The USA Will Never Be Home (Part 2): The Decision

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This is part 2 of the “The USA Will Never Be Home” series, following a young woman’s decision to move back to Haiti from New York. In this post, we see the decision making process. Click here for Part 1.

Peyi Blan An Pa Pou Mwen

Part 2

Am I really going to do this? Can I go back to Haiti? I know I definitely want to, but is it logical? Is it doable? I had made the decision to go back home, but now I had to sit myself down and go over the pros and the cons of moving back to Haiti. This process ended up being more of an elimination of cons, since the cons seemed to popping up from everywhere.

My biggest issue to date is my health. I suffer from asthma, and I have severe allergies. Something as mundane as laughing for too long can send me into a coughing and wheezing frenzy. Strong scents and smoke are the devil as well. So how can I move to a country where burning tires and trash is as much a part of daily life as breathing?  I couldn’t stop thinking about G-Bobby Bonflo, a well-known Haitian rapper who died of an asthma attack surrounded by doctors and nurses in Haiti back in 2011. This story frightens me. The care at the hospital was so slow, they were not able to save him. On the other hand, my own father died of a heart attack in a hospital surrounded by doctors and nurses as well, right here in the United States.

I also wondered who I would have in Haiti. I have no support system back home. Yes, I have a friend or two and some distant relatives, but my mom and my brothers, my closest friends, are here in America. I am the youngest of my father’s four children, and the only girl, so I’ve always been coddled and spoiled rotten. That is the whole reason why I have been itching to be independent and free. But how independent can I really afford to be? Independence is cool, but I often worry about the line between independence and solitude. Who will stand by me if something goes wrong? Who will rush me to the hospital if my allergies flare up? Certainly not my old sickly grandfather. Will my roommate/business partner be enough? As the saying goes, vwazinaj se dra blan.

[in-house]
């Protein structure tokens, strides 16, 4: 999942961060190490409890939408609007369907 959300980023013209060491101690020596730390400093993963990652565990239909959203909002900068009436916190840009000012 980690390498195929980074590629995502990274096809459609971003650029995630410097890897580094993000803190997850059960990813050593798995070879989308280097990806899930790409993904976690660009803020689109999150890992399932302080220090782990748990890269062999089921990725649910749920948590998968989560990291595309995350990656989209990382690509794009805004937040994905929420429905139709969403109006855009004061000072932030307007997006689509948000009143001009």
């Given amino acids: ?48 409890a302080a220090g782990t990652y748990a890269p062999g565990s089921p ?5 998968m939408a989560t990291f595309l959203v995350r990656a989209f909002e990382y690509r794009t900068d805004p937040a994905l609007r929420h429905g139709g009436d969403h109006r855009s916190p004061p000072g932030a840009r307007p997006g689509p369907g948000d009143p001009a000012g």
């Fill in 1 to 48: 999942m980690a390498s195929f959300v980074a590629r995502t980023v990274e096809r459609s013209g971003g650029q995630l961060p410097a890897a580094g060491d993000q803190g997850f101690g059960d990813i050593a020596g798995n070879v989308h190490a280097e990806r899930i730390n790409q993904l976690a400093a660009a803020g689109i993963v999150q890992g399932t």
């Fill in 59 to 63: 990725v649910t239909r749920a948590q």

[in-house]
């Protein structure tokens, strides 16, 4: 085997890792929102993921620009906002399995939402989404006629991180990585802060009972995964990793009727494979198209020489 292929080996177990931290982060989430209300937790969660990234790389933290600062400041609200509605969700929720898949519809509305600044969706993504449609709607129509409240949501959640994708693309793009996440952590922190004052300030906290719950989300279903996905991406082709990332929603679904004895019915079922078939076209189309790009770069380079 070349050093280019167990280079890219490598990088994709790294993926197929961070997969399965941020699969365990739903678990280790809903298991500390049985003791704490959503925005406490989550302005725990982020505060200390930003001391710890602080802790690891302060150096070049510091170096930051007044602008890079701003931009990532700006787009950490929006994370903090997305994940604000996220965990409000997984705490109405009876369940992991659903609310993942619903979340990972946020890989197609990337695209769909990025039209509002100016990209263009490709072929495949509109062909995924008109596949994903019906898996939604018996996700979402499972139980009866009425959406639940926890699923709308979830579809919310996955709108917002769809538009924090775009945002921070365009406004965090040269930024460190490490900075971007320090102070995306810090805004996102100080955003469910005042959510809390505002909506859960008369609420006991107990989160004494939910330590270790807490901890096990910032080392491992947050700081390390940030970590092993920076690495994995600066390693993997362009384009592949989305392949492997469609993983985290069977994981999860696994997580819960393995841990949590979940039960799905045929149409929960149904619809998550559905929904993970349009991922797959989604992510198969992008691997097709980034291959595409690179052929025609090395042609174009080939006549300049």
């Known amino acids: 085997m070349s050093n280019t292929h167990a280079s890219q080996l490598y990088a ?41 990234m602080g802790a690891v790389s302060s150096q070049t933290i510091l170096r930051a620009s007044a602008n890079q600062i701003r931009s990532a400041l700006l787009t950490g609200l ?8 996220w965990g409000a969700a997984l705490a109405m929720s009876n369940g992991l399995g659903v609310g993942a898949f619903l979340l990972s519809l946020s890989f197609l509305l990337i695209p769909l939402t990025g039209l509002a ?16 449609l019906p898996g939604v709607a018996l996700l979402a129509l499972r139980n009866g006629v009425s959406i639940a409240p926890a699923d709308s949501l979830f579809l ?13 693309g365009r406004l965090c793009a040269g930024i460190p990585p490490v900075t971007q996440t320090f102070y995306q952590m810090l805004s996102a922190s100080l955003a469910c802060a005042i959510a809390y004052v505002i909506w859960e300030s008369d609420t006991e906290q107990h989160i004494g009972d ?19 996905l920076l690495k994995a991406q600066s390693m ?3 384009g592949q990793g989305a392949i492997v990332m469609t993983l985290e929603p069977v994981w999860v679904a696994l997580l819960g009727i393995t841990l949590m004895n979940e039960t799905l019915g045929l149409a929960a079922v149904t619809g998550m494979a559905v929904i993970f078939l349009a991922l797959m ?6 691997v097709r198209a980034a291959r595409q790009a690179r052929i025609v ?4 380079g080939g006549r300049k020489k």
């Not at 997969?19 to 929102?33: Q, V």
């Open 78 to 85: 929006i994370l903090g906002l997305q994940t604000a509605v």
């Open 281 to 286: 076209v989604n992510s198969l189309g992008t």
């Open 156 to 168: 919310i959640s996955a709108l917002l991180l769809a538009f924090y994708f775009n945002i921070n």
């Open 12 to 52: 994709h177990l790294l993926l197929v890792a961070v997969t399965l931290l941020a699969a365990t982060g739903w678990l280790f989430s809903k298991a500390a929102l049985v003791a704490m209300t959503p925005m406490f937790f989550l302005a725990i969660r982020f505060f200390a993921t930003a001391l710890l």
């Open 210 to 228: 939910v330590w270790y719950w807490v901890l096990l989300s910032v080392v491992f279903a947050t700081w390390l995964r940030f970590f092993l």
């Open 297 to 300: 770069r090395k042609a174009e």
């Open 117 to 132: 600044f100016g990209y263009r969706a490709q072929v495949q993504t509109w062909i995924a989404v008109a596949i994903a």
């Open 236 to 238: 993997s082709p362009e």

A friend of mine recently asked during a lighthearted talk about american politics: “what will you do if Trump wins?” My unfiltered answer was to say that I’m not sticking around to find out. The ridiculous news of how American presidential elections are going have been a huge factor in my decision making process.  I am not by any means saying Haitian elections are going any better, with our fifty-thousand candidates, long delays, reports of election fraud, and alarming civil unrest. Shootings, kidnappings, all of these things are alarming to me. But shootings happen everywhere everyday. You could die from a stray bullet in Haiti, you could die from police brutality in the U.S. A young woman was kidnapped, tortured and killed in Haiti around the same time another young Black woman died in police custody in the  United States. In both of these instances, justice has yet to be served (and probably never will be) for either victim. Mass shootings happen in America, France, Haiti and everywhere else. It’s like Djakout Mizik said, Pa gen pwoblèm ki pi dous pase pwoblèm. If I’m at risk wherever I go, I think I would rather take my chances in the motherland. Besides, that’s where I’ve been the happiest.

Perhaps my connecting Haiti to happiness is delusional.

Perhaps my connecting Haiti to happiness is delusional. Haiti was the last place where my family was complete and still together, or maybe it is because I was a child with no responsibilities when I last lived there. But now, as an adult, my happiness cannot rely solely on my family. My mom will not be providing a car or gas money, I can’t go to my dad when things go wrong. This will be a whole new level of independence mixed with the possibility of loneliness. But I already provide for myself now, I just have to do what i do in the United States back home. If I can build here, I can build anywhere. Besides, being successful in Haiti is more meaningful to me than being successful in America.

At the end of the day, I’m scared that when I go back I will find out, like my mom, that things are to different to handle and I might come running back with my tail between my legs. I’m afraid that I’m chasing an alternate reality that only exists in my memories. Throughout my process, with every negative that came up, whether I was able to brush it aside or not, my decision remained the same. I am moving back home, and I’m excited about it. So, it’s decided. I’m going back home.  Now, I just need to figure out how to announce this to my mom…

1 Comment
  1. I loved part 1 & 2. I’m waiting for more. I love hearing about young Haitians who go back to Haiti to live. The part that resonated with me the most is when she said ‘But how independent can I really afford to be? Independence is cool, but I often worry about the line between independence and solitude. Who will stand by me if something goes wrong?’ I think everyone who wants to move thinks about this. I’m so interested in hearing more about her move back to Haiti.

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